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Improving Substance Abuse Screening in Adolescent Trauma Patients at a Pediatric Trauma Center
Jennifer Tabak, MSN, RN, Shefali Thaker, MPH, Garry Lapidus, PA-C, MPH, Brendan T. Campbell, MD, MPH. Pediatric Surgery and Injury Prevention Center, Connecticut Children's Medical Center, Hartford, CT, USA.

Background: Alcohol and substance abuse (ASA) contribute significantly to the injury burden for American adolescents. ASA screening is a requirement for trauma center verification, but universal screening is difficult to achieve. The purpose of this study is to describe the implementation of a process for ASA screening by nurses that significantly improved screening rates.

Methods: Our pediatric trauma center uses the CRAFFT (Car-Relax-Alone-Forget-Family/Friends-Trouble) screen to identify patients ≥12 years of age who are at increased risk for alcohol and substance abuse. As part of our quality improvement program we routinely monitor ASA screening and referral to social work. In an effort to improve screening rates, we modified the electronic medical record to make the CRAFFT screen a mandatory field for nurses as part of their intake assessment. CRAFFT screening rates were compared between the 12 months before, and the 6 months after the intervention was implemented.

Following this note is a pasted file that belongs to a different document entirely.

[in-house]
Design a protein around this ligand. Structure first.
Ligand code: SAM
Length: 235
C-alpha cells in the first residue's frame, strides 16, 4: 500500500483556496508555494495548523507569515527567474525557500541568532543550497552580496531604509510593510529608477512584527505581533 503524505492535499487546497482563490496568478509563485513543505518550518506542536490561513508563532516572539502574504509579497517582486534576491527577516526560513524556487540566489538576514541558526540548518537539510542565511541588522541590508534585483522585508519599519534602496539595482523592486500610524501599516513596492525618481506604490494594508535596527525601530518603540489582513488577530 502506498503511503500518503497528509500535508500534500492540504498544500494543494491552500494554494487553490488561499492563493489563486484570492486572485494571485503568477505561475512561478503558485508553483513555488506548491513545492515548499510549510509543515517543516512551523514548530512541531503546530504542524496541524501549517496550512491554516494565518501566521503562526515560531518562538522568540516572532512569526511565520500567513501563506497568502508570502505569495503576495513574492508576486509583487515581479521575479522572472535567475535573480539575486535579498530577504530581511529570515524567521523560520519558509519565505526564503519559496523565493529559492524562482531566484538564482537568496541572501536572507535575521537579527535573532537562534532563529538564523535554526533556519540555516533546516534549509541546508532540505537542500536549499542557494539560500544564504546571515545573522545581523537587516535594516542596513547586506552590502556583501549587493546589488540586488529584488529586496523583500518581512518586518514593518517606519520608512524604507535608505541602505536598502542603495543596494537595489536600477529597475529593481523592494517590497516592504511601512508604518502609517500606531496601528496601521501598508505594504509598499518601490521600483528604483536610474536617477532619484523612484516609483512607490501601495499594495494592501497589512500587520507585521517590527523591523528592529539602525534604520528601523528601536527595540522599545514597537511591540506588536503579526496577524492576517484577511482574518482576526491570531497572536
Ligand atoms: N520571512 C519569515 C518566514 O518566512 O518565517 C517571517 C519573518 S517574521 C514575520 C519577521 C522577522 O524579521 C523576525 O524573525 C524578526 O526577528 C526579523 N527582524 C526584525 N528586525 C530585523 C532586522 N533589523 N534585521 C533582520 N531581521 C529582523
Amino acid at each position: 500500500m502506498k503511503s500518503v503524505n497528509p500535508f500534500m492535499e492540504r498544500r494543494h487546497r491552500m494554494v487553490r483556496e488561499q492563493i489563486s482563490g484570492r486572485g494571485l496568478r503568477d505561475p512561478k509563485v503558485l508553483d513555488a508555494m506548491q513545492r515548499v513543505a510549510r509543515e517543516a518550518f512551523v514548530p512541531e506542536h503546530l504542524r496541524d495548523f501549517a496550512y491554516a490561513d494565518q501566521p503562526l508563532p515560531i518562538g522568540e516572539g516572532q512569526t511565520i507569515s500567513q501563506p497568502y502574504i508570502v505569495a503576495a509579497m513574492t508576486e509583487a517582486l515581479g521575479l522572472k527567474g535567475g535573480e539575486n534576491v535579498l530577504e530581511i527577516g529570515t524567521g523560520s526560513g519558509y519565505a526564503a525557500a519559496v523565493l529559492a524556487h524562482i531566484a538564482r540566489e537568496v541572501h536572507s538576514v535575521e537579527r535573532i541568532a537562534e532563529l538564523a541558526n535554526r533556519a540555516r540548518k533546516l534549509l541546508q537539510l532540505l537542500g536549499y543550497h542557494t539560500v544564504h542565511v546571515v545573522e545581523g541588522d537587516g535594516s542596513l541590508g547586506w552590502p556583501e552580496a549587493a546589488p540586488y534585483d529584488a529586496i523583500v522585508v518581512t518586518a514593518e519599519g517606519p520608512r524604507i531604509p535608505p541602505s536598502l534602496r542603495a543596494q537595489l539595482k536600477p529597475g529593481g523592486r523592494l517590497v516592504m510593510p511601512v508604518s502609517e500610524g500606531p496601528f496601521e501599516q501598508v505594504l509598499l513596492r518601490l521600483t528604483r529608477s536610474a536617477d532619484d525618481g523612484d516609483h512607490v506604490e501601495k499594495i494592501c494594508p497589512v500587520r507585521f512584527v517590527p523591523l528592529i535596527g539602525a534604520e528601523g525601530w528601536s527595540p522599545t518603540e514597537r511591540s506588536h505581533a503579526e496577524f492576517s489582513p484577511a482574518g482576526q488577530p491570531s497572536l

Results: From September 2014 through February 2016 our trauma center admitted 755 injured patients, and 198 were ≥12 years of age. During the 12 months before the intervention, less than half (46%, n=67) of admitted trauma patients were screened. During the 6 months after the intervention, 85% (n=45, p=<.01) were successfully screened. Overall, 11% of our pediatric trauma patients screened positive for alcohol use, and 71% of these patients were successfully referred to social work.

Conclusions: Incorporating ASA screening into the routine processes of nursing care significantly improved screening rates. Future studies will prospectively enroll patients with positive screens to evaluate the effectiveness of different focused interventions.

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